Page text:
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Illustration of a typical medical product development lab.

What Is the Medical Product Development Process?

Constructing a medical product is not an easy task, and will add several additional steps to your project outside of those typically needed with non-medical products. The idea of medical product development will be the same as any other product on a fundamental level, but there are additional goals that need to be met to gain the necessary approvals for full-scale manufacturing and distribution to medical practitioners.

The Birth of an Idea: From Concept to Risk Analysis

Illustration of a typical medical product development lab.

If you are reading this, you probably have an idea for a product that could potentially perform a valuable task in a medical setting. But there are a few important tasks that must first be performed before finding a manufacturing partner to bring your product to life:

  • Define the market fit for your product, including its intended customer, cost entry points, and its potential for being accepted in a clinical setting.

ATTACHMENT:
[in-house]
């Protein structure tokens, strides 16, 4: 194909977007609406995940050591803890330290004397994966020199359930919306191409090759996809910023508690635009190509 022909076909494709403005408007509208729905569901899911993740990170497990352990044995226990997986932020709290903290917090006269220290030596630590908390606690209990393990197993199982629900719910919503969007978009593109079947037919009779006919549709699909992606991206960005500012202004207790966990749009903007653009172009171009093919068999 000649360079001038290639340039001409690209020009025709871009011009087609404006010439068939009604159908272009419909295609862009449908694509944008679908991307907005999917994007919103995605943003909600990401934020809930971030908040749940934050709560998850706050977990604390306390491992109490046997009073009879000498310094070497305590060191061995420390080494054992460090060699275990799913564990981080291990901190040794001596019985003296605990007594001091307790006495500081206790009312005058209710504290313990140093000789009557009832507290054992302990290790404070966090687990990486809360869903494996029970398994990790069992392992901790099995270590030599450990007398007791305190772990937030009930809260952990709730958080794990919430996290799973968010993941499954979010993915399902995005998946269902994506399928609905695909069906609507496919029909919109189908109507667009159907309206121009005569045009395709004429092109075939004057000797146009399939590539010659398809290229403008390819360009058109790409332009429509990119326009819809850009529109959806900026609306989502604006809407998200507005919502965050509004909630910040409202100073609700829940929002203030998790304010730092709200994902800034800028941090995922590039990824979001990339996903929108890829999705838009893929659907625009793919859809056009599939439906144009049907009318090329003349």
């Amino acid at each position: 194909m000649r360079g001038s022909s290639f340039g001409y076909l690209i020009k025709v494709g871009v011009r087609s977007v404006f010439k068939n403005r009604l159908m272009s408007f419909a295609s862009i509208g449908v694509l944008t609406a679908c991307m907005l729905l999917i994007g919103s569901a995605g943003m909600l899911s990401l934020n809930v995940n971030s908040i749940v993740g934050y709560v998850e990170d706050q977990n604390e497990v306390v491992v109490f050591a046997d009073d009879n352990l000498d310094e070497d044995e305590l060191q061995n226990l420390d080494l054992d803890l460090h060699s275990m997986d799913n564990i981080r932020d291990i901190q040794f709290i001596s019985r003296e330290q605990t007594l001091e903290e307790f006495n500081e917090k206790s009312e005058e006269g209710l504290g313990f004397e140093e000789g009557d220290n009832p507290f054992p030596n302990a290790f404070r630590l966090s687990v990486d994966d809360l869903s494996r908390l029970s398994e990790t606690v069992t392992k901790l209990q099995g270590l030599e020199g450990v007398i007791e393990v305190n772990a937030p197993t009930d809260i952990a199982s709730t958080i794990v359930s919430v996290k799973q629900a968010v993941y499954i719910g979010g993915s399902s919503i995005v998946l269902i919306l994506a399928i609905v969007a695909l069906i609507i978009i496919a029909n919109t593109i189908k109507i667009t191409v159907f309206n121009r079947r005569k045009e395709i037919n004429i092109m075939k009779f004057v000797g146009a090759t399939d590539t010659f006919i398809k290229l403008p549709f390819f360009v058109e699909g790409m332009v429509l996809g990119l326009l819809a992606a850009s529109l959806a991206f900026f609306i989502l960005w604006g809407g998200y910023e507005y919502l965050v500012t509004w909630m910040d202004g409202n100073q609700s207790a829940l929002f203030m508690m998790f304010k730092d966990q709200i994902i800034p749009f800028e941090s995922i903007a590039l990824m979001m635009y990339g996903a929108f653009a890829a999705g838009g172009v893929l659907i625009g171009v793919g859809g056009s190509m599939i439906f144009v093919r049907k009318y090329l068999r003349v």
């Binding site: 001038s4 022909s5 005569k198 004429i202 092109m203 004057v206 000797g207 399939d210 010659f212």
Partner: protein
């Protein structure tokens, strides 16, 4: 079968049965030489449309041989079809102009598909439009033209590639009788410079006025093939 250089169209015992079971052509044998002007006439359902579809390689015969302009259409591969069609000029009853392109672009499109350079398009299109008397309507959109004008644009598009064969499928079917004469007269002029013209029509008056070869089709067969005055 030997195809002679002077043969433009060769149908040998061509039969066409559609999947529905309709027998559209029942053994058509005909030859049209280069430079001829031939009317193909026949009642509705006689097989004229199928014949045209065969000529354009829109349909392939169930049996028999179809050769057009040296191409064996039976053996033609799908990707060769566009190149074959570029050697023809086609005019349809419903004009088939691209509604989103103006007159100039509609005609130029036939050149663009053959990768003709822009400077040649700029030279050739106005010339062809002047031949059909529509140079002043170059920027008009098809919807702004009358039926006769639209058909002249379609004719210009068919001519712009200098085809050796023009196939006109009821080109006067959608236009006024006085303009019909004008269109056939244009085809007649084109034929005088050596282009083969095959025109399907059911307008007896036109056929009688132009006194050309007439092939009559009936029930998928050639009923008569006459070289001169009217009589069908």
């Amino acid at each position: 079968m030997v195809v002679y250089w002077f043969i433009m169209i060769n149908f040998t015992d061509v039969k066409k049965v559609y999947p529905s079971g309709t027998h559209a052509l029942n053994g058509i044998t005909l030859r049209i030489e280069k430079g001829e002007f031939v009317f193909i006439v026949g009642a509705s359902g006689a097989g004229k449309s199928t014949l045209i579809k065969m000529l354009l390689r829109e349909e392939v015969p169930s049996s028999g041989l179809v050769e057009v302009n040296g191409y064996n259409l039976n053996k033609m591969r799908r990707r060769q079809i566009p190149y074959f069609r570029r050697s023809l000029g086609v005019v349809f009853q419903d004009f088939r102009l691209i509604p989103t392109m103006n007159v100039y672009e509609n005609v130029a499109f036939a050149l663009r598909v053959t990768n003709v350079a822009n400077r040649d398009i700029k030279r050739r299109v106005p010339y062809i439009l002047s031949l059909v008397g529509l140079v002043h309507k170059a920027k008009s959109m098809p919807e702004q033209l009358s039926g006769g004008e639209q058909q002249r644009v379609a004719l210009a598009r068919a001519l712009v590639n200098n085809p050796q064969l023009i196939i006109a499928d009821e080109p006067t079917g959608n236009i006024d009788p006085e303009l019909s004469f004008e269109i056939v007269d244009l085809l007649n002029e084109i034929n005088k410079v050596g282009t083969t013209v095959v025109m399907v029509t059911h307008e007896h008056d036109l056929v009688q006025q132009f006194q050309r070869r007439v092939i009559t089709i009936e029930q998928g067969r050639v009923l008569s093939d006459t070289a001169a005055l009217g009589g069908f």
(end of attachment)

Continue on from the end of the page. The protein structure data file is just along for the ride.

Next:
• Determine all regulatory aspects for the product, including testing, certification, and medical classification requirements.
  • Formalize and execute a comprehensive risk assessment plan.
  • Identify similar products on the market, as this can lead to quicker certifications and reduced clinical trial requirements.
  • Conduct a financial viability study that considers the costs associated with meeting regulatory standards as well as design and production costs.

Using this shortlist as a guide, you will gain a realistic idea of your product’s potential place in the market. A comprehensive idea around any testing or regulatory requirements and their associated costs will also result from performing the listed steps. This gives you the information needed to perform an in-depth risk analysis, which will either push your project forward or keep it on the drawing board for further work on its concept and purpose.

Align Product Verification and Validation Tasks to Medical Quality of Standards

Although customer needs will still drive the initial design and functionality of a medical product, the increased scrutiny of getting a product through clinical trials adds new layers to the project’s design stage. All steps of the design process must be conducted consistently and transparently, following a circle of design, development, and review. And, all of these processes must adhere to strict quality standards.

As with the design and development of general consumer-based products, holding to a high level of quality standards is necessary. However, the primary tasks of product verification and validation will differ slightly due to the higher levels of scrutiny that medical products must undergo. Here are some examples of each verification and validation as they apply to the increased due diligence necessary for medical certification:

Verification